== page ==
Ethiopia: the eighth wonder of the world
It’s a bank holiday weekend so four of us from the office grab the opportunity to visit Lalibela in the north of Ethiopia.
After a sweltering plane flight and a not-for-the-faint-hearted mountain track drive, we arrive in the beautiful hillside town.
The views are breathtaking.
There is an atmosphere of celebration here.
Pilgrims (plus a few tourists) have come to the town to visit the ancient rock-hewn churches.
These twelfth century churches, painstakingly and impressively carved into the rock, are talked of as the eighth wonder of the world but don’t get the recognition, or indeed the conservation, they deserve.
It’s amazing to see somewhere like this so unspoilt by tourism, and we practically have the place to ourselves.
Celebratory prayer, ceremony, music and singing go on all weekend and we feel privileged to be there and be welcomed with endless ‘happy new year’ greetings.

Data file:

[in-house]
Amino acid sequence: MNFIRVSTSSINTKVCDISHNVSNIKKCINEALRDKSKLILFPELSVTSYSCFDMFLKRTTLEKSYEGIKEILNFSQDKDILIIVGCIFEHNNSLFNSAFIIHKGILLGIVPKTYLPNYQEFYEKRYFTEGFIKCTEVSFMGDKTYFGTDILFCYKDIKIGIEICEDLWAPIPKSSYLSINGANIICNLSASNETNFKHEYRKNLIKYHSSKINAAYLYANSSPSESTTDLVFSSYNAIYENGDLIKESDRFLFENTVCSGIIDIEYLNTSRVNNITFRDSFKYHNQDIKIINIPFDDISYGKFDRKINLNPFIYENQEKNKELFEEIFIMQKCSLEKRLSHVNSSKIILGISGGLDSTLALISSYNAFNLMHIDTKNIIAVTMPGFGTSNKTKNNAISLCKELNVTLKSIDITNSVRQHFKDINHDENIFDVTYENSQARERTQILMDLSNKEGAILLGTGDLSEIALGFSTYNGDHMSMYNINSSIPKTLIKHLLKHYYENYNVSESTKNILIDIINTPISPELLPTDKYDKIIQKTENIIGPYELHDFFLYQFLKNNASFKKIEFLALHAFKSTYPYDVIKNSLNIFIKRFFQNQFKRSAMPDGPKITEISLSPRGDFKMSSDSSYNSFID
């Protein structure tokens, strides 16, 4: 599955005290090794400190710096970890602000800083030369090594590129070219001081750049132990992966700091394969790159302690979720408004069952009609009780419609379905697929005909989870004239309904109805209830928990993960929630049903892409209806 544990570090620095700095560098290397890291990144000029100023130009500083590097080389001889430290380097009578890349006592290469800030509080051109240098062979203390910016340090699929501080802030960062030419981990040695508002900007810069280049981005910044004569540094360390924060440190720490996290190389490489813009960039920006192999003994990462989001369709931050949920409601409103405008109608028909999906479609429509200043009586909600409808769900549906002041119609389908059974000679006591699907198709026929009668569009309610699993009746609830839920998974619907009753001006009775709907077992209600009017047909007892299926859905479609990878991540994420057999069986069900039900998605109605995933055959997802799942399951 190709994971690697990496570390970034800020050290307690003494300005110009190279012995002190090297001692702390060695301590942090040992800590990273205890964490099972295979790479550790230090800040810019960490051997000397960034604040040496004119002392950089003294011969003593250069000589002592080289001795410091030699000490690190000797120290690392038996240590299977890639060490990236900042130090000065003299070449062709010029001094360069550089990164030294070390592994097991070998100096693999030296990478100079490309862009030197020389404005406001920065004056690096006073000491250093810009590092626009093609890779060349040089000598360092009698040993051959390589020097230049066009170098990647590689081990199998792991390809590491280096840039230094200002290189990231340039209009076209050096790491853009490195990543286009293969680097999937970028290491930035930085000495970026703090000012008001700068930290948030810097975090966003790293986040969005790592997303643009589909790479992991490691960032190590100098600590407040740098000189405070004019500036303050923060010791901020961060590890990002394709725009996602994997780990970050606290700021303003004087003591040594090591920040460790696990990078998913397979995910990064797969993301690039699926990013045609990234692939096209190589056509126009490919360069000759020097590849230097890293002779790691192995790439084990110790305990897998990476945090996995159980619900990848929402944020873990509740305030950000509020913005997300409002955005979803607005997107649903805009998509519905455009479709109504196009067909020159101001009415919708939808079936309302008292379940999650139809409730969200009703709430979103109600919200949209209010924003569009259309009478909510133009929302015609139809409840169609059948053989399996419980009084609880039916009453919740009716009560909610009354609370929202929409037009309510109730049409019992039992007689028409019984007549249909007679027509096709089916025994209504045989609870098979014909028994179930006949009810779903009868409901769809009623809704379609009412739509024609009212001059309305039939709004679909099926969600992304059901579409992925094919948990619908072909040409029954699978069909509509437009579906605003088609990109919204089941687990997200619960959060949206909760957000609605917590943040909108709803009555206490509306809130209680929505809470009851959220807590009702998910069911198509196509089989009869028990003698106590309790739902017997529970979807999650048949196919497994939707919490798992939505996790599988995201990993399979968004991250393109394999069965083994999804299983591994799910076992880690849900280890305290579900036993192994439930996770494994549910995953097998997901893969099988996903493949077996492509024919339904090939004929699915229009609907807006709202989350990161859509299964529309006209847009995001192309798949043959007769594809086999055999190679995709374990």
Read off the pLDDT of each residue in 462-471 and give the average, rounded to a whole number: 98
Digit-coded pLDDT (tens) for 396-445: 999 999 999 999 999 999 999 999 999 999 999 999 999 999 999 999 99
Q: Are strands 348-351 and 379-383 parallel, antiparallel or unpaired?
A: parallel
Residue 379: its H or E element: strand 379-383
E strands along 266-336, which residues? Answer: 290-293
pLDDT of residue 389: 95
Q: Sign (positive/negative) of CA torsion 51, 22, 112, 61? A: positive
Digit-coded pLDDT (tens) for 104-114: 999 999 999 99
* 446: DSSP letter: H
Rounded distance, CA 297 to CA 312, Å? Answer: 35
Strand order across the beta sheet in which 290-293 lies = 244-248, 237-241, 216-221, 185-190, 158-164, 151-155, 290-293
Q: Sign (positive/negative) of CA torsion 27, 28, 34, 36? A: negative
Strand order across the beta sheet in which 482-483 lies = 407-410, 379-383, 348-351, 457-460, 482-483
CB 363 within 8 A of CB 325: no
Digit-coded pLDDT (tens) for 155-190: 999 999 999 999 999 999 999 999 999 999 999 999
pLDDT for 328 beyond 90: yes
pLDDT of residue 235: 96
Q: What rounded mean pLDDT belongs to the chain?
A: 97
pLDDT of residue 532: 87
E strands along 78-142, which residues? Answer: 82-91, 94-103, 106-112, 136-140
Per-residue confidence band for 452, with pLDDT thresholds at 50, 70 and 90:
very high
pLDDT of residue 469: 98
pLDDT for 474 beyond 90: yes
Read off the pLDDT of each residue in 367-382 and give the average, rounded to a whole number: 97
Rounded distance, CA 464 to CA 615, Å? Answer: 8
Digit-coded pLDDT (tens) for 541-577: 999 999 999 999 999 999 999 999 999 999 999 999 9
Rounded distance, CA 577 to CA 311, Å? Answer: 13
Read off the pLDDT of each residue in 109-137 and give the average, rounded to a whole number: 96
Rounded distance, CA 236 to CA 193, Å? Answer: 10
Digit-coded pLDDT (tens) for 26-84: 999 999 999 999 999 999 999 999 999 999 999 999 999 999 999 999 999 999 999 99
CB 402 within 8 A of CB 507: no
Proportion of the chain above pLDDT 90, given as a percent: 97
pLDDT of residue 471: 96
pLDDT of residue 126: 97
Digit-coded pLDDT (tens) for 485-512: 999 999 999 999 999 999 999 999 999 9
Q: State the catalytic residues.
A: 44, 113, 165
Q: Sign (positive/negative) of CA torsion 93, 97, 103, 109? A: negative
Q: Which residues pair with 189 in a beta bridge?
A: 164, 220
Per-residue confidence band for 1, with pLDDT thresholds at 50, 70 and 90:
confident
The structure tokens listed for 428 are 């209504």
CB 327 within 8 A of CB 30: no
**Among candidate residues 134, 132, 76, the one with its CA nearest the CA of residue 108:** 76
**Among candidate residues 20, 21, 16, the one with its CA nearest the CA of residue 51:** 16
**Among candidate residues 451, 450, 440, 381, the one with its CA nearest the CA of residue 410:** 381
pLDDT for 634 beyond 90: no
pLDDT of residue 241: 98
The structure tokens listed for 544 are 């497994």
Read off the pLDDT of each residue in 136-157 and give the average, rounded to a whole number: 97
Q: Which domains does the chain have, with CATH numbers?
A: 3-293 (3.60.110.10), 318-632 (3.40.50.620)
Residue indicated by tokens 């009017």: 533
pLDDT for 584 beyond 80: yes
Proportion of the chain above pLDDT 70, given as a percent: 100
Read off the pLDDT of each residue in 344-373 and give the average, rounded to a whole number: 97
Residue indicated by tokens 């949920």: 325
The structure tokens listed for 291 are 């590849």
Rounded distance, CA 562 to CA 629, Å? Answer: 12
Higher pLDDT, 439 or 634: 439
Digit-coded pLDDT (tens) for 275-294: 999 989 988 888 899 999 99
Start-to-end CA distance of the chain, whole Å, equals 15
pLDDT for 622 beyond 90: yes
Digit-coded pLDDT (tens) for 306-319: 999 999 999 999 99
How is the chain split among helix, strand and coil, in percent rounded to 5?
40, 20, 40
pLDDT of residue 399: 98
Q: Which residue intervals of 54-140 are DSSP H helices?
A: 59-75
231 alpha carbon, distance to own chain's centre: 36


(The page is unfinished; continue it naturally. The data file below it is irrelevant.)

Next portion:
All too soon it’s time to head back to the city to get back to work.
I’m attending a conference on child marriage. As communications writer, I find myself as note taker for the day, and event organiser.
The event is a success and was attended by the Ministry of Women, Children and Youth Affairs and numerous NGOs from across the country.
It’s clear that the call for an end to child marriage is strong but the complexity and deep-rooted traditions in Ethiopia present a huge challenge to being completely eradicated.
Child marriage is a hugely prevalent issue in many countries, much more than I realised, and has massive repercussions not only on the girls but also hinders development out of poverty as young married girls get no education and their health is severely impeded.
The best insight, if you have ten minutes, is to watch this video.
It’s an issue which is backed by the Elders – an independent global body of leaders headed up by Nelson Mandela.
Desmond Tutu wrote an address for our conference. It’s humbling to be part of the same movement.
Communicating Save the Children
There’s so much going on across the different sectors we work in (health, nutrition, child protection, education etc) that it can be difficult to sum it all up into something tangible, succinct and easily understandable.
I’m really enjoying my time here, it’s a world away from life in Hampshire, and I can’t believe nearly a month has gone already.